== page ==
• Make a conference-specific YASF hashtag
      • Sonya – Social media poll to decide what folks want us to live tweet or blog post among the YA-tagged panels
      • Not all the YA-tagged panels have to be covered, looking for group consensus
  • Social events at ILA
    • Cyndi: The pub stroll has been discontinued. This year any social events will be low-key while we figure out how to do conferences again. 
    • Dinner with Colleagues – ILA can set that up a dinner for YASF. 
      • Rosemont is so close people may not stay for dinner. Lisa said the 2019 one in Tinley Park wasn’t well attended.
      • Discussion about the best date and time ensued. Whatever is decided, the dinner or social event could be promoted at the YASF booth. Thursday is last day and sessions end early so maybe Wednesday.
      • Outdoors or not crowded for covid concerns
      • Sonya – Poll on social media. 
    • Next year will be in Springfield and will do some evening events.


YALSA Symposium

This year it is in Baltimore. A few folks are going. Sometimes it can be a little “YA 101”, not as relevant for long-time YA librarians looking for professional development. Sonya said Reno in 2021 was good for social justice and current events programs. Her main issue was Reno felt unsafe. Sonya will work on making her notes “presentable” and sharing them.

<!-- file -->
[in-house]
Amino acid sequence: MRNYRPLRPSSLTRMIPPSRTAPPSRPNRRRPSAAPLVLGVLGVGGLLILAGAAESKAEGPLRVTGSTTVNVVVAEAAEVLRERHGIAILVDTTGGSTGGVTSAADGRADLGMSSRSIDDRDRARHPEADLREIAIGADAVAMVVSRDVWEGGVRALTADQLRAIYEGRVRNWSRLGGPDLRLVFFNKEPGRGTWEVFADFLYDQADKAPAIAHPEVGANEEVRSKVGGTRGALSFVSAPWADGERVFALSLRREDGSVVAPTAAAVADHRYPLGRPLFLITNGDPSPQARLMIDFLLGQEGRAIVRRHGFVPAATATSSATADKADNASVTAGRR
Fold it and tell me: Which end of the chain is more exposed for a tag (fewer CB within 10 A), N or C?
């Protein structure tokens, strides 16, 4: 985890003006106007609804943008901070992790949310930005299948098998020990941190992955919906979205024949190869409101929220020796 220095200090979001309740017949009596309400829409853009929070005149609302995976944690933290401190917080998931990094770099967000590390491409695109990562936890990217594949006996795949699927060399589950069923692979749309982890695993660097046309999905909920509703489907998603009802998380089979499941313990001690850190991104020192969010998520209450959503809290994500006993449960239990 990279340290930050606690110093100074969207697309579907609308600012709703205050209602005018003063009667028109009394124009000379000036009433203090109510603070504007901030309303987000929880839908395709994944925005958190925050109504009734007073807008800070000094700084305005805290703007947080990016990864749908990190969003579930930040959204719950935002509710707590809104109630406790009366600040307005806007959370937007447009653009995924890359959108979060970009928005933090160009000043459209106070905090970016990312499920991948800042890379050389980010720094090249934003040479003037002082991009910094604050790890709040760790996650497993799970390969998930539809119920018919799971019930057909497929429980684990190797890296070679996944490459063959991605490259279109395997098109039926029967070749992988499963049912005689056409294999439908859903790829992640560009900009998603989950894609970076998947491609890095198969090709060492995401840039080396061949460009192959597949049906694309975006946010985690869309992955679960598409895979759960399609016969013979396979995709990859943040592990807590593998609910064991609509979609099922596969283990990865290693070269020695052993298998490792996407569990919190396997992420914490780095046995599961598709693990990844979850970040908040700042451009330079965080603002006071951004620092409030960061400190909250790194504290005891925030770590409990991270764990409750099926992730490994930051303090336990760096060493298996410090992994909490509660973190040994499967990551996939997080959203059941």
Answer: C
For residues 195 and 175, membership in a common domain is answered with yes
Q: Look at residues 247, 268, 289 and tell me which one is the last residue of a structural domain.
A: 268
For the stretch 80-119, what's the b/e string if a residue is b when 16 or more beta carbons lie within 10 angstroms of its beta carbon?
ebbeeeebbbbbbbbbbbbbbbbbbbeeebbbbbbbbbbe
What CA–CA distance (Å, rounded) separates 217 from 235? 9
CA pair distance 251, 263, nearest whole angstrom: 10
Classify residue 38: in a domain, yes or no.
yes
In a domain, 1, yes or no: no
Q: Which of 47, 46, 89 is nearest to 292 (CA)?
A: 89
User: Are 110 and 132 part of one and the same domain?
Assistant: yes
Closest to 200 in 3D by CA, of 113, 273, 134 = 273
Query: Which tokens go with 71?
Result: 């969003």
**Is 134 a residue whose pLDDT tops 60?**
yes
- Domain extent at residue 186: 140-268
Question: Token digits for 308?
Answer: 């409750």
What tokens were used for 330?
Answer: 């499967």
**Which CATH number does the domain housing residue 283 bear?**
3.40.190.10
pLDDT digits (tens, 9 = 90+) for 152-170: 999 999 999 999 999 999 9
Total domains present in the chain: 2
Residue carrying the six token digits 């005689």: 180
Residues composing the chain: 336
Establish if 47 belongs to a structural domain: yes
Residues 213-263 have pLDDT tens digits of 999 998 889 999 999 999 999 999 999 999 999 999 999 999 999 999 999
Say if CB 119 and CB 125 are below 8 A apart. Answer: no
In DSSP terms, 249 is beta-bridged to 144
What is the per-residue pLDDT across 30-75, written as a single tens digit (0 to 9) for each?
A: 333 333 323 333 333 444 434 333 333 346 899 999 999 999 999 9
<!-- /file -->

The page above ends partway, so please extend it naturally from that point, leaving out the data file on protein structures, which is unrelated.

Fall/Winter Programs

Maisie – introducing a capsule machine with mystery book recommendations in it. Sample capsule machine 

Maisie – partnering with our Business Services Librarians to offer job searching classes and entrepreneur classes for teens! I’m really excited to be doing more “life after high school” classes that aren’t just college

Abby -Tiny Art show for teens/adults

Emily – Weird & wacky soda tasting

Kylie – International snack tasting

Caitlin – Ceme-terrariums which are spooky terrariums

Sonya – starting a tabletop game night

Five Below has really cute mini erasers for capsule machines.

Fun Take & Makes

Friendship bracelets
Origami stars
S’mores charms with polymer clay

How to stop people from taking the kits who aren’t teens in the Teen Room area?

Emily – You have to ask for the kits at the service desk, and if it’s not a person that is presenting as a teen, we’ll tend to ask what grade the person is in

Martha – when they had no teen space, left the kits with a big label on teen and put by YA books, information about them was published under Teen Events

Andrea – redirect kids to youth kits more appropriate for them

Iza – make it embarrassing for them with a sign, like “Are you a kid or adult? This isn’t for you!” etc

Past programs that were popular